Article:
Training in the ways of the Draighean is offered twice a year, in the Fall and in the Spring, for those who can travel or live in the Lehigh Valley area of Pennsylvania. There are thirteen (13) separate lessons taught in-person. This is currently only a private training, however, not everyone who seeks training has access to a private teacher. For this reason, the entire training will eventually be available in book form for those who wish to self-study. While this is in no way a substitute for in-person training, those who feel drawn to the ways of the Draighean but cannot travel will be able to learn it on their own.

Friends of Like Mind

Occasionally I hear someone criticize others who “only associate with people who agree with them”. Is that really such a bad thing? That’s how you make friends, after all, with things in common, similar beliefs and interests.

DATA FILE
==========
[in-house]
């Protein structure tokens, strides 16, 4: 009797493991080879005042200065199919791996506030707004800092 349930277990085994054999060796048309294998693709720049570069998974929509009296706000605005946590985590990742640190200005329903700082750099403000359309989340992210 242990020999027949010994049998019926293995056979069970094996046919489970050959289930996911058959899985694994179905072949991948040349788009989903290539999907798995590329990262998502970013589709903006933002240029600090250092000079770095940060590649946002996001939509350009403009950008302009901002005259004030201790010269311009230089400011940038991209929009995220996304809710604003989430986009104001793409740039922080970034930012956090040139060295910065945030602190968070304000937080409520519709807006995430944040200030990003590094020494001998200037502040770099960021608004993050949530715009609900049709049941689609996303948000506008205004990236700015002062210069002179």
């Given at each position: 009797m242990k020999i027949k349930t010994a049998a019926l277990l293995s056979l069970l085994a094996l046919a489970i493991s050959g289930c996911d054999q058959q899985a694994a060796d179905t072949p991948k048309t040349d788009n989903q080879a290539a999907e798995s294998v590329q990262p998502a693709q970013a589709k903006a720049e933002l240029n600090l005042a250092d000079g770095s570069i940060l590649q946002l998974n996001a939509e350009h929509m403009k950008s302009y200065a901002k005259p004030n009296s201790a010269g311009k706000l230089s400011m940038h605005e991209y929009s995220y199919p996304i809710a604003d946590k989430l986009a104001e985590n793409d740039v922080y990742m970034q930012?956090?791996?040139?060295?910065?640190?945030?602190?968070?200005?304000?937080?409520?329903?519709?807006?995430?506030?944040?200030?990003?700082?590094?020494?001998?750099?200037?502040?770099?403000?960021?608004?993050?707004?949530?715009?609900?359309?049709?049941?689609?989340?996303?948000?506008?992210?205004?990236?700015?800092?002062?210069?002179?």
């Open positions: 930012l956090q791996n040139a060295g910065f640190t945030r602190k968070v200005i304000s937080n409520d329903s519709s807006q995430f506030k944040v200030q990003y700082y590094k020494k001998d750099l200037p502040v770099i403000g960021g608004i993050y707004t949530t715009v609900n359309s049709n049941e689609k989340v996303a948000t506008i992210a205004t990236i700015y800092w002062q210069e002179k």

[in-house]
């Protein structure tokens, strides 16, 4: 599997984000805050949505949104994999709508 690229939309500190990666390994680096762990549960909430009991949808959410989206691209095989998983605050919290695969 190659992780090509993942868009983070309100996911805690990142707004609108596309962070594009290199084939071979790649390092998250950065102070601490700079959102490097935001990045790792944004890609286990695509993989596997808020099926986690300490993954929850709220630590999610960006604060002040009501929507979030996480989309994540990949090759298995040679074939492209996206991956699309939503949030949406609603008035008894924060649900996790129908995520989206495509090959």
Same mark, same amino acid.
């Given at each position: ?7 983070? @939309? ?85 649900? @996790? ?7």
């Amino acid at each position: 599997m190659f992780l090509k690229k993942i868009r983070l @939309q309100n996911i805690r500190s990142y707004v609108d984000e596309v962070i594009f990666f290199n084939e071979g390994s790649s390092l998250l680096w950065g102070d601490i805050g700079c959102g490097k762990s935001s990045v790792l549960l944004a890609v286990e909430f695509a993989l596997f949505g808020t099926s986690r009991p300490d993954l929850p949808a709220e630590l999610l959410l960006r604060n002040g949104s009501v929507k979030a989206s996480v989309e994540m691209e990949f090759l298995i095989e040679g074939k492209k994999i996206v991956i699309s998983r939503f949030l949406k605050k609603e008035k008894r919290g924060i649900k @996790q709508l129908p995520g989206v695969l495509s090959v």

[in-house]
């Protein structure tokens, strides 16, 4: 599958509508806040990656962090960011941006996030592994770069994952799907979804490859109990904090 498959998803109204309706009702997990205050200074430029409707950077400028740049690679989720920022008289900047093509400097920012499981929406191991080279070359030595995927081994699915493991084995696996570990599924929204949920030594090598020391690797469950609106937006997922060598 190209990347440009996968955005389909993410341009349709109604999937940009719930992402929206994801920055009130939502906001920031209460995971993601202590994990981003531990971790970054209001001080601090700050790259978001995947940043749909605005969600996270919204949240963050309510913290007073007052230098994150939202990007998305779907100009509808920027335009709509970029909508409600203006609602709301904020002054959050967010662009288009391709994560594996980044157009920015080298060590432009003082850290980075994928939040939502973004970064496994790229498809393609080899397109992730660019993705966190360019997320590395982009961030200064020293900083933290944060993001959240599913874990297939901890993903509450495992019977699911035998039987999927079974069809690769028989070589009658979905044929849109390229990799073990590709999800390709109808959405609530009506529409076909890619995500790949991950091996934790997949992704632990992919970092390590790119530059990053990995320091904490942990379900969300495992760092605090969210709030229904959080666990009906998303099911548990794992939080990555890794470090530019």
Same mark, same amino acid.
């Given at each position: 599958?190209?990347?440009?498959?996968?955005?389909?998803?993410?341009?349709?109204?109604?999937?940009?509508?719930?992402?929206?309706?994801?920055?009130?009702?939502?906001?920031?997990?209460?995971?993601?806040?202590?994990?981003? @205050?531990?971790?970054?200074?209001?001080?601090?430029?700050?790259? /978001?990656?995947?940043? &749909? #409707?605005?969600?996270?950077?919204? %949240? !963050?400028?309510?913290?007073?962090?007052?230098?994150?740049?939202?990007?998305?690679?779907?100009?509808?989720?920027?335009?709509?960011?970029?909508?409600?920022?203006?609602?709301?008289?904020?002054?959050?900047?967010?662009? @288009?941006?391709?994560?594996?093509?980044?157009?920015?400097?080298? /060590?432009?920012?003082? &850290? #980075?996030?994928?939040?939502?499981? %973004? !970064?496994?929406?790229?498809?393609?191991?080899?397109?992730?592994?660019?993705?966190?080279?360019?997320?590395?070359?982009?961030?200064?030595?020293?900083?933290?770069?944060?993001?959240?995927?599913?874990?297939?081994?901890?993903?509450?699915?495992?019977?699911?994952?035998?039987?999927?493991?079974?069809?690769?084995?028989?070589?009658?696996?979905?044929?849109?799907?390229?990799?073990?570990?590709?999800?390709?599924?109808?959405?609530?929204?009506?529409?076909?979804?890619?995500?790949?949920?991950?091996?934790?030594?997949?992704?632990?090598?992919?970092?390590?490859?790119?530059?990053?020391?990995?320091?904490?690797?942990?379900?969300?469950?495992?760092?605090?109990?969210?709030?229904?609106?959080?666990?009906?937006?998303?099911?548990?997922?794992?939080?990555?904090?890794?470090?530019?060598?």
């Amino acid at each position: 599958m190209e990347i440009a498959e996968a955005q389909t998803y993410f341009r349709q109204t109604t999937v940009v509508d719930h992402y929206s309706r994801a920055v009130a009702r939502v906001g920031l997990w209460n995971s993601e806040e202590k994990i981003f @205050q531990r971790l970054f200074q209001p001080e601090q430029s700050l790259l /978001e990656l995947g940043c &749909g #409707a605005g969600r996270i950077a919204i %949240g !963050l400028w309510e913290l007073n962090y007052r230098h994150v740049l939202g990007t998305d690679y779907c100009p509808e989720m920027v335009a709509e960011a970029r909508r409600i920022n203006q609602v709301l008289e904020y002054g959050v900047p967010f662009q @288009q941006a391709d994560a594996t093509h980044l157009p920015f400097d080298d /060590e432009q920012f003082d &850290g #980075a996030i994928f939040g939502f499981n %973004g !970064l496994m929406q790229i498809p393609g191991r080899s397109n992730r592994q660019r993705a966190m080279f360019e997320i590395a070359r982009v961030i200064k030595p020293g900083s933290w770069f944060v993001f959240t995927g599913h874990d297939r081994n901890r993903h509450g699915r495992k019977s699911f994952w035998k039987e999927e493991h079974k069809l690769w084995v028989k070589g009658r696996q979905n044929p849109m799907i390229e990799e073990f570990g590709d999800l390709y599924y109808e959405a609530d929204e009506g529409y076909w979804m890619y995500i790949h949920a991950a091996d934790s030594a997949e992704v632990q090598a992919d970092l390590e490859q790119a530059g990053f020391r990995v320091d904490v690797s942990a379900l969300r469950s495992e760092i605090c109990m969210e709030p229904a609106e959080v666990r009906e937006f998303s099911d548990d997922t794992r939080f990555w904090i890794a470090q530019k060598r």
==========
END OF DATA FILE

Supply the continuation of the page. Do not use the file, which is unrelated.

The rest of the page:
Hey, there’s an interesting word: Friend.

How do you define true friendship? Who are your true friends?

Is it true friendship if your Christian “friend” thinks you’re going to burn in Hell? I don’t think so. Is it true friendship if your conservative “friend” doesn’t think you should have the same rights they do? I don’t think so. This is not about “hating” people who believe differently. It’s about associating with people who are truly supportive of who you are and who really want you to be happy. Let’s face it, that’s not everyone.

I do have a few friends with different religious/spiritual beliefs who are quite supportive, non-judgmental, and are genuinely concerned about my happiness. We acknowledge that we have different beliefs, but we don’t hate or look down on each other because of it. Unfortunately in today’s society, this is the exception rather than the rule.

If someone has different views than you, it doesn’t mean you have to hate them. It also doesn’t mean you have to be their friend. I have aquaintances and people I interact with that have drastically different views and beliefs than I do. I don’t shun them, (well, maybe some I do), but most of them are not in my “circle of friends”. I see nothing wrong with that.